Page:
My swimmers had an amazing meet this past weekend. They all got at least one best time, and most of them got at least one cut time (which is ultimately meaningless, but goal times are goal times and it keeps them motivated, so ultimately not meaningless at all). This is my third year coaching some of these kids, and they have come a long way. I have come a long way.
One struggle that most swimmers have at this age and level is hanging their breath when they swim freestyle. Ideally, swimmers should sneak their breath, turning their head slightly in sync with the rhythm of their stroke and body rotation, suck in a breath and then put the head back into a neutral position, never breaking the stroke rhythm. I have a video I show the swimmers of an Olympia who is breathing every other stroke but he does it so quickly, you can’t even tell.
My swimmers show their whole face, almost turning on their backs, when they breath. The rhythm isn’t smooth, but instead a stroke-stroke-BREEEEAAAAATH-stroke-stroke-BREEEEAAAAAAATH. As I watched swimmer after swimmer hanging their breath at the meet, I sighed and audibly said to no one in particular, “Well, we’re going to have to work on sneaking our breath in practice.” One of my coaching colleagues overheard me and said, “I wonder if she’s holding her breath. Did you tell them to breathe out?”
No one teaches you how to breathe in swimming. For years, I would get out of the water after my backstroke races gasping for breath, legs shaking, unable to walk. The strongest part of my stroke was my kick, and your legs have some of the biggest muscles in your body, needing the most oxygen. My legs should be hurting if I was swimming my hardest, I should be breathing heavily, but this was something different, a burning in both my legs and lungs that I didn’t experience when I swam freestyle or butterfly. How was it that the one stroke where your head is almost never underwater, I was unable to breathe?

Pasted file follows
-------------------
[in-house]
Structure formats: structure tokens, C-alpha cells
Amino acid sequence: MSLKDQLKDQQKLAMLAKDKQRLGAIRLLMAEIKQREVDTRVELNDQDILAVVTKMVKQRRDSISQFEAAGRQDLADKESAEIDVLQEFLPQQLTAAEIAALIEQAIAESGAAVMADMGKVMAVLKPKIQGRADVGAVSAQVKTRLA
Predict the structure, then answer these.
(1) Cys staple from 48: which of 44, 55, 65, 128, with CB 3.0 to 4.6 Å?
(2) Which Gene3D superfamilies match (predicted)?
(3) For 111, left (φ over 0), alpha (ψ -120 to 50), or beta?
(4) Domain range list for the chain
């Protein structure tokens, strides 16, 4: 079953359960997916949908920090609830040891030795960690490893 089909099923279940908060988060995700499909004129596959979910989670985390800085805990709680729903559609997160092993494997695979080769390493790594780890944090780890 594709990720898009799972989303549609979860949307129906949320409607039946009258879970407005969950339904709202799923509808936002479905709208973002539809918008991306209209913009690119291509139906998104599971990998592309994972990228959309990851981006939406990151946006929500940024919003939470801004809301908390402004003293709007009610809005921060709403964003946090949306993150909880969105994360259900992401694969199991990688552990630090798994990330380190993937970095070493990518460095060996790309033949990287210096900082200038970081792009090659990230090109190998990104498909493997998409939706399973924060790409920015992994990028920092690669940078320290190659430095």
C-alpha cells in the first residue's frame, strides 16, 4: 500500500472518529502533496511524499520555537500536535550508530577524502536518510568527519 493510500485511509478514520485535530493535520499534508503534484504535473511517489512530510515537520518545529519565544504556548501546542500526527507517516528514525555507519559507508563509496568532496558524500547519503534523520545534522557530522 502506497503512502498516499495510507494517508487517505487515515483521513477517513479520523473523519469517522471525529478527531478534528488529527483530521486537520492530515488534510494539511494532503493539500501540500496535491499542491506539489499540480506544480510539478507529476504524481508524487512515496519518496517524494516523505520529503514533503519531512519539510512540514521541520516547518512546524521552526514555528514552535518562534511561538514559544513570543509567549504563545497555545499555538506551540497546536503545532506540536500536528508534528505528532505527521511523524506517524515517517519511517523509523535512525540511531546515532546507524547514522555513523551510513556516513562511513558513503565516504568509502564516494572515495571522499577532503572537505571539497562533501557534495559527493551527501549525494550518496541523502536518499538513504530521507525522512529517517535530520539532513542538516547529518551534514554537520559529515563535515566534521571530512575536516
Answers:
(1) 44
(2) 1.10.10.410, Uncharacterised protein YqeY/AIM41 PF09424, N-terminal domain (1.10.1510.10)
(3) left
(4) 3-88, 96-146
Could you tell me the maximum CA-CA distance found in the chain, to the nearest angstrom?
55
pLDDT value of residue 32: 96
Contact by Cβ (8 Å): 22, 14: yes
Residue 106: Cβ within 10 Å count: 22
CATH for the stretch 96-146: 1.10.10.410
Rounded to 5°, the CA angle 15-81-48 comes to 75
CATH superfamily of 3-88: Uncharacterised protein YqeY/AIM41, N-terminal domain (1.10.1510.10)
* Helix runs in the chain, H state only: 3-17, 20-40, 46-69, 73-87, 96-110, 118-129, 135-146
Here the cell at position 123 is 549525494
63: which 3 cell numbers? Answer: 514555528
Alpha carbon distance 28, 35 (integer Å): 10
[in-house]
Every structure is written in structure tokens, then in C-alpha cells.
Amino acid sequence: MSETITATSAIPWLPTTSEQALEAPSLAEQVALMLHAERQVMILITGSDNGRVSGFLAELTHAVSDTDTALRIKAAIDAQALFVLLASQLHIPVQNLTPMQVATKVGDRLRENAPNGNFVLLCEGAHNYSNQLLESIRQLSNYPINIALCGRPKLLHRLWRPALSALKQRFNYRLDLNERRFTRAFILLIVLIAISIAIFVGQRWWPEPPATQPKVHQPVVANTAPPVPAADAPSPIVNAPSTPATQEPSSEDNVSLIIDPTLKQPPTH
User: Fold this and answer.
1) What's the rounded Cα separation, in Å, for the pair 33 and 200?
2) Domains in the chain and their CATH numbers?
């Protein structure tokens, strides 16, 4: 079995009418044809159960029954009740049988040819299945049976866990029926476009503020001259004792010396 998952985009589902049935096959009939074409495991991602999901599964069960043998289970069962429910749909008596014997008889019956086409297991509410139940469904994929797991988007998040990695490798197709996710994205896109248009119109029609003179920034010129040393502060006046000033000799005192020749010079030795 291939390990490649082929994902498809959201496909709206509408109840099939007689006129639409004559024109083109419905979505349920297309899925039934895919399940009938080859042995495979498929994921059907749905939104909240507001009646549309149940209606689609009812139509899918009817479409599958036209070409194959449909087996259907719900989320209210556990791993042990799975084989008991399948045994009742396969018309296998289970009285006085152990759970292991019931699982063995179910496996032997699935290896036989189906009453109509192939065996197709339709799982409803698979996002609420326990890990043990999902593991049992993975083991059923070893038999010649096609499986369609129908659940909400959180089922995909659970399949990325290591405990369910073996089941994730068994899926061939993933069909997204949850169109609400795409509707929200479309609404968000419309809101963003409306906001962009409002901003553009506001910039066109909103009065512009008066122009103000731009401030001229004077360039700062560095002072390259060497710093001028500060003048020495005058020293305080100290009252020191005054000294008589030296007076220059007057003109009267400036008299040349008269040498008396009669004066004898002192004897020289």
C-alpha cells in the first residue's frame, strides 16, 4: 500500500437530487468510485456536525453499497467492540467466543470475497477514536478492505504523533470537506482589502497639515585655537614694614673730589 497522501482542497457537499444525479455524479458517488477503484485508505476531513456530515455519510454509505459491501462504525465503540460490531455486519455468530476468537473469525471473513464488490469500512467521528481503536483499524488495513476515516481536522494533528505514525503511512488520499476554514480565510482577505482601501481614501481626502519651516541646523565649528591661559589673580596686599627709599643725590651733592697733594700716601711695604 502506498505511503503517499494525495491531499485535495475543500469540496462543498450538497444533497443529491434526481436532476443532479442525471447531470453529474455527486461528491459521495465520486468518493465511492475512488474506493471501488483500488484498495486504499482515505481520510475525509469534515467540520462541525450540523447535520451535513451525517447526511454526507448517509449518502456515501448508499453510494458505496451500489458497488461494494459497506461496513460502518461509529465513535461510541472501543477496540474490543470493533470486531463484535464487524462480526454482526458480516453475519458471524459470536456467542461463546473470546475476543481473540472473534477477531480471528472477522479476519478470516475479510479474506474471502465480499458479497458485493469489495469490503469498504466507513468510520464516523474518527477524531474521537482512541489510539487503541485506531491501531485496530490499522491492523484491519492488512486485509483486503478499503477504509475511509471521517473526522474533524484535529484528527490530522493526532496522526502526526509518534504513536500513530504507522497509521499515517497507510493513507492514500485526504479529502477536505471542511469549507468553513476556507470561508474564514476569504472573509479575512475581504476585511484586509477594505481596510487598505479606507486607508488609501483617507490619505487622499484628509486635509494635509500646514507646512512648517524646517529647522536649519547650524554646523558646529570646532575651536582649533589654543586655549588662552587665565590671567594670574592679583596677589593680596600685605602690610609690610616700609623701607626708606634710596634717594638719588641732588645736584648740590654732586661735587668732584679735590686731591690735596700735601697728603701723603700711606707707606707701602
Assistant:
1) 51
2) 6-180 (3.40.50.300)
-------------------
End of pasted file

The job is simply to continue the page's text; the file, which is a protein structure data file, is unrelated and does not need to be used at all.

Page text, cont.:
Turns out, I was hyperventilating; my coach finally asked me, when I was 16, after I had been swimming for 8 years, when I breathed when I swam backstroke. In and out every stroke, I said. He shook his head and laughed at me. No, he said, you need a breathing pattern like in all your other strokes. In for one, out for two. I had always been a backstroker and no one had ever told me how to breathe. The next meet, I went a best time for the first time in ages, and I could finally get out of the water and walk to talk to my coach. I had to learn how to breathe.
For swimmers, if they hold their breath when their head is under water, then they have to both exhale and inhale when they put their heads up. I know this, having told many swimmers that exhaling was as important as inhaling. They needed to make room in their lungs for the new air to come in, that if there is already room, it makes sneaking their breath that much easier. They also need to control the exhale so that they are breathing and not gasping when they come up. I know this, and yet had forgotten to teach my swimmers that lesson.
My son last year swam his first (and so far only) 200 free. Your breathing pattern in races is part of your strategy. Generally, the longer the race, the more often you have to breathe. An Olympic 50 free swimmer won’t breathe at all during their race. But while swimming an 800 or 1500, even an Olympian breathes every three or so strokes. The 200 for my son was the longest he had ever raced, so more like a distance race than a sprint. I didn’t think I needed to tell him how often to breathe; at that age, they usually forget what you told them and breathe whenever they need/want to. And the more tired they are, the more often they breathe.